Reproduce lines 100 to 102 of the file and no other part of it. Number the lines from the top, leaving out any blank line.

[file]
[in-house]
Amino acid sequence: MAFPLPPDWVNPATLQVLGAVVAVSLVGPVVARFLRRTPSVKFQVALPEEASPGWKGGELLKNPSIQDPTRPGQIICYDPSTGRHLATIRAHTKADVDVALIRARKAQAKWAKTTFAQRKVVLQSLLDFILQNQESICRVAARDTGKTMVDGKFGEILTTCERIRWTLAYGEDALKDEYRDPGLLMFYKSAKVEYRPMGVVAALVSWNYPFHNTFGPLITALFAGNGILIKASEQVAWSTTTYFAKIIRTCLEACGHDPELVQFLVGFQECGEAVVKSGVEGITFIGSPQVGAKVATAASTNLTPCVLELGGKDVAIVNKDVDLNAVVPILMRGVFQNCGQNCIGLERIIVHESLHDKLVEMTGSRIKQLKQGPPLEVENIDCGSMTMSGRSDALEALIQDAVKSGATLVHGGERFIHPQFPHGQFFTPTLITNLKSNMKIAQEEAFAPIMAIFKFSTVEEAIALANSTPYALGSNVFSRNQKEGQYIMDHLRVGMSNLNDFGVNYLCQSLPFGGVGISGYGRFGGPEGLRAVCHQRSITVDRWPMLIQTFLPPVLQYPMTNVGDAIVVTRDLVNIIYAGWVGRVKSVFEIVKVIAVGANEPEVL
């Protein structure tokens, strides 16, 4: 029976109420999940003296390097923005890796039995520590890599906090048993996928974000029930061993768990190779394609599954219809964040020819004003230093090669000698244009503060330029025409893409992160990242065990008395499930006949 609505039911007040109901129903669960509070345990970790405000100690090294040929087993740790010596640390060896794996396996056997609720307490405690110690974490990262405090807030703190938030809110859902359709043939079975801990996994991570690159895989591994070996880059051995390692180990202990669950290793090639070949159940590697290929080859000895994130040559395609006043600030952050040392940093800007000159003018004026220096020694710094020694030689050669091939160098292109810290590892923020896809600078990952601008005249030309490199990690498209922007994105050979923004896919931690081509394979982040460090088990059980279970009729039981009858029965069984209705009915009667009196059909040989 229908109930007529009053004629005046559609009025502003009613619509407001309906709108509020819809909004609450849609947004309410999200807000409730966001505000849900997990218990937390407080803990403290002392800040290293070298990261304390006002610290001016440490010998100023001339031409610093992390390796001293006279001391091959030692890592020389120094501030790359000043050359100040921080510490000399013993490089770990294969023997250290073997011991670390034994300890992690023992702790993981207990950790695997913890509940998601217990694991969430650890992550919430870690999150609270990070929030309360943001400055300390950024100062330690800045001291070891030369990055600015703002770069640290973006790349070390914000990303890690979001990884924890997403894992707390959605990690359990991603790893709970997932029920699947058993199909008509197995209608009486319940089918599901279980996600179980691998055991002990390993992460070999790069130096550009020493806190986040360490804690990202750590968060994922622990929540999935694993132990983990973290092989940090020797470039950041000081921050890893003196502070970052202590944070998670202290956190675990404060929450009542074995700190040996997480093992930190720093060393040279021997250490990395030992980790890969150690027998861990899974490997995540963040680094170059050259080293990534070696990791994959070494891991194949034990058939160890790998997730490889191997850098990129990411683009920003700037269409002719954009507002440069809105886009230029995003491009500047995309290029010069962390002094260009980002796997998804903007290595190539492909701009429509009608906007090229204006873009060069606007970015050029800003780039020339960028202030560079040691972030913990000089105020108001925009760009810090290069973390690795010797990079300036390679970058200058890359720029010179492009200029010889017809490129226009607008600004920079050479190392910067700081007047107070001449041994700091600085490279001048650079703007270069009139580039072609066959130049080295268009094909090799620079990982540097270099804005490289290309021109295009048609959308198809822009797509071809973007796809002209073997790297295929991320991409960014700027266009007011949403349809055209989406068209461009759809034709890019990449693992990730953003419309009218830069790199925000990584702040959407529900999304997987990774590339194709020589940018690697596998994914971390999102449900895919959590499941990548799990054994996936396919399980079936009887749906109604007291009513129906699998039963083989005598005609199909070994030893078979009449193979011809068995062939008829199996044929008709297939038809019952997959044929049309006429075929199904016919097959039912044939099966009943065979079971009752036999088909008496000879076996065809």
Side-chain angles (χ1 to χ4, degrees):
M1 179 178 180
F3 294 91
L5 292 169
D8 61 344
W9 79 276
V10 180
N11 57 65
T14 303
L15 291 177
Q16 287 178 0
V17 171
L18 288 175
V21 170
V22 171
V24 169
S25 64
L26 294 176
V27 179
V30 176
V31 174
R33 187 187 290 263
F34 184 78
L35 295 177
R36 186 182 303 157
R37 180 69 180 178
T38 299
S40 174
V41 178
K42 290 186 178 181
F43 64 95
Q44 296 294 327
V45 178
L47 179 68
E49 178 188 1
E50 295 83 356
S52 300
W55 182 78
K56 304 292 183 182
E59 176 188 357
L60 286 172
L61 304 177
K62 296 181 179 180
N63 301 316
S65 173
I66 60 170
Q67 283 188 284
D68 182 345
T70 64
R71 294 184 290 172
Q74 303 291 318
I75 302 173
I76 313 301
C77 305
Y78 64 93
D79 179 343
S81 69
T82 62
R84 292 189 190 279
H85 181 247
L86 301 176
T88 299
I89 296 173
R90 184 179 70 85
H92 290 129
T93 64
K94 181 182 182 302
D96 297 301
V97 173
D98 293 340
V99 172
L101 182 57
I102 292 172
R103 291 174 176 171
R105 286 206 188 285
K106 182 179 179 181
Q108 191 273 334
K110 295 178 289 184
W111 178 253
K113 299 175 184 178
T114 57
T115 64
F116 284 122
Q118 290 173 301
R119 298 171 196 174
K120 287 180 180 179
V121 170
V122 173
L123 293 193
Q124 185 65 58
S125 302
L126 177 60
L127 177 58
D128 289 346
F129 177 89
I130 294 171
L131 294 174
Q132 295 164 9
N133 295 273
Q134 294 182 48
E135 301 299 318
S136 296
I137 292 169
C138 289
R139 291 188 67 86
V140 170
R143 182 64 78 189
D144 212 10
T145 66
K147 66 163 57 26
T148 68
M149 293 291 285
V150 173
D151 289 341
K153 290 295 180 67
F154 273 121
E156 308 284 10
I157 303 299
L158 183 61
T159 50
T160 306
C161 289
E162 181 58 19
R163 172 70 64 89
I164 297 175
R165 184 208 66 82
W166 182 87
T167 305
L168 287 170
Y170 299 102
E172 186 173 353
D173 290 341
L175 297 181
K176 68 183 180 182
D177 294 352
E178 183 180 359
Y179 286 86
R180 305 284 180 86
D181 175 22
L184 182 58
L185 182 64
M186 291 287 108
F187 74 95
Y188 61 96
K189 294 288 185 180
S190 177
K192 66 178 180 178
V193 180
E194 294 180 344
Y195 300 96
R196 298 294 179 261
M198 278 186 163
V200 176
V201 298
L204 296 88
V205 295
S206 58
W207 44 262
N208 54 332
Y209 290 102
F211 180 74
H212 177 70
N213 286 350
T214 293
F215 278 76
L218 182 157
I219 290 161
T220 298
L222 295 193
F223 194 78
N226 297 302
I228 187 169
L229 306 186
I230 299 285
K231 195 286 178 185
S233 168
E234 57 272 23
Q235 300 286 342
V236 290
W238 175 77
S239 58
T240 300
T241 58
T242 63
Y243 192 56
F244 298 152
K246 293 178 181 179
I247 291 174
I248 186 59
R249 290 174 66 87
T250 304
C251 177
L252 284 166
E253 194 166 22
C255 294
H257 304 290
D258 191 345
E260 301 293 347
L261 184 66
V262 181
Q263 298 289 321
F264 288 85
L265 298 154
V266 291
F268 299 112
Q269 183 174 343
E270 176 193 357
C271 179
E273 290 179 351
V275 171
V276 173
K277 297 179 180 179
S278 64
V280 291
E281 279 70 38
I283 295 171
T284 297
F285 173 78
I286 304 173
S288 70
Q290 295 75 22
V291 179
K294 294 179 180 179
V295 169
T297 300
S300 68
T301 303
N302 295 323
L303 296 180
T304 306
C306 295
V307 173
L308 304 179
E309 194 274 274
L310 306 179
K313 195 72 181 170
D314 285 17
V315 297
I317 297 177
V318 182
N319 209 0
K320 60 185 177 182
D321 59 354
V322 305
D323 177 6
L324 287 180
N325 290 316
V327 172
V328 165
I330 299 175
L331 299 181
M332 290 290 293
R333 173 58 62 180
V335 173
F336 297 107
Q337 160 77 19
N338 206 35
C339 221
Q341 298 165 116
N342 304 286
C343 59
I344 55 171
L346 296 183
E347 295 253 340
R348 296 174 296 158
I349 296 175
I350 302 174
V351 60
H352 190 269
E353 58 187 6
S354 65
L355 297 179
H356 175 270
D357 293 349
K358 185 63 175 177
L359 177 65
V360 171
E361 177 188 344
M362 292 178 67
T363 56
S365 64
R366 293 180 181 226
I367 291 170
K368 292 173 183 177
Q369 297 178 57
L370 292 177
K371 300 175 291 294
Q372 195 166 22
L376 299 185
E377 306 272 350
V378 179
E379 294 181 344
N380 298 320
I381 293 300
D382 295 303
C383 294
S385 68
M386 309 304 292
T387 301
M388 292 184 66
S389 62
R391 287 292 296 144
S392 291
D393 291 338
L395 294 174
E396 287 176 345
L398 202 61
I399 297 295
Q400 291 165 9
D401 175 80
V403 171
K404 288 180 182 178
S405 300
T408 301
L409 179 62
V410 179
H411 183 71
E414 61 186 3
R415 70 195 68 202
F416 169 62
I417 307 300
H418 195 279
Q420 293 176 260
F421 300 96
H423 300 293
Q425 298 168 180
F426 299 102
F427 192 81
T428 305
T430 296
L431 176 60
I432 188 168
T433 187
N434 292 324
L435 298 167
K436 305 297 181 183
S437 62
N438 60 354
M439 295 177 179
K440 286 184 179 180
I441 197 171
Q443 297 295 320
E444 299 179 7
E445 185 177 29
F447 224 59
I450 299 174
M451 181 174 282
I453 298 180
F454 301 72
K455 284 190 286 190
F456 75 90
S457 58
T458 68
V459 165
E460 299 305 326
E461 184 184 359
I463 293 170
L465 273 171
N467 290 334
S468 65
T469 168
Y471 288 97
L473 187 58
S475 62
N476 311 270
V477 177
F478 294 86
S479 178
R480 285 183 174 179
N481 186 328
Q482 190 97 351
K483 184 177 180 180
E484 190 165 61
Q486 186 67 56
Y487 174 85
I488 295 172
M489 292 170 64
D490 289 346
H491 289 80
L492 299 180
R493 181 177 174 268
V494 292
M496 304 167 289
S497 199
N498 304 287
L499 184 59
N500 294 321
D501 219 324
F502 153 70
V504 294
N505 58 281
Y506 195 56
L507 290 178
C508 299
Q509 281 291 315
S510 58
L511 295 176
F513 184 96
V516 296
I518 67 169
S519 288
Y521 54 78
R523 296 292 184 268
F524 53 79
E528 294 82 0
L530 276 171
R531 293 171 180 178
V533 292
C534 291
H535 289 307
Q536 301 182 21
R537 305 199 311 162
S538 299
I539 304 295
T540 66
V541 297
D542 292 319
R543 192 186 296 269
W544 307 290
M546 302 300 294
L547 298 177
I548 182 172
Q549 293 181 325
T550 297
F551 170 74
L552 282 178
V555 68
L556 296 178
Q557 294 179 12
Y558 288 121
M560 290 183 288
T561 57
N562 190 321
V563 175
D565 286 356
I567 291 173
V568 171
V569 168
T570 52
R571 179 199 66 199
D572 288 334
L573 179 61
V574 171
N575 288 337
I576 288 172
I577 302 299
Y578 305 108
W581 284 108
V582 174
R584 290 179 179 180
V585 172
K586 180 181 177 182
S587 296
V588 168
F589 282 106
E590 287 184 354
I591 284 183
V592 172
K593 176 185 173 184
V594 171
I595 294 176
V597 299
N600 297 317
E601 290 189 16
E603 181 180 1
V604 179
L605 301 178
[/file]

L131 294 174
Q132 295 164 9
N133 295 273